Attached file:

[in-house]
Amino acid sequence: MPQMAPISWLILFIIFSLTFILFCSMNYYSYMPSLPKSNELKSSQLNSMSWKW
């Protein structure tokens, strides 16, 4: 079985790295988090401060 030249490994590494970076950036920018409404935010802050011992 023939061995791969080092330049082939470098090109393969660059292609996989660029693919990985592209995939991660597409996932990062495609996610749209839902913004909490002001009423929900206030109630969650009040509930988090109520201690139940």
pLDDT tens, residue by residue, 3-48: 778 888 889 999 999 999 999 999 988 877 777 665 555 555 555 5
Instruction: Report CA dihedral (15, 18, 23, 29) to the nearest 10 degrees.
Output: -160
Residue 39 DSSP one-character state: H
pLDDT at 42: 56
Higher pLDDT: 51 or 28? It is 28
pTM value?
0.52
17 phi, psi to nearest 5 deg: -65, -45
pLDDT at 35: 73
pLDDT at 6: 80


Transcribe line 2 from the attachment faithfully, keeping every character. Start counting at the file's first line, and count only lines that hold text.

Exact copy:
Amino acid sequence: MPQMAPISWLILFIIFSLTFILFCSMNYYSYMPSLPKSNELKSSQLNSMSWKW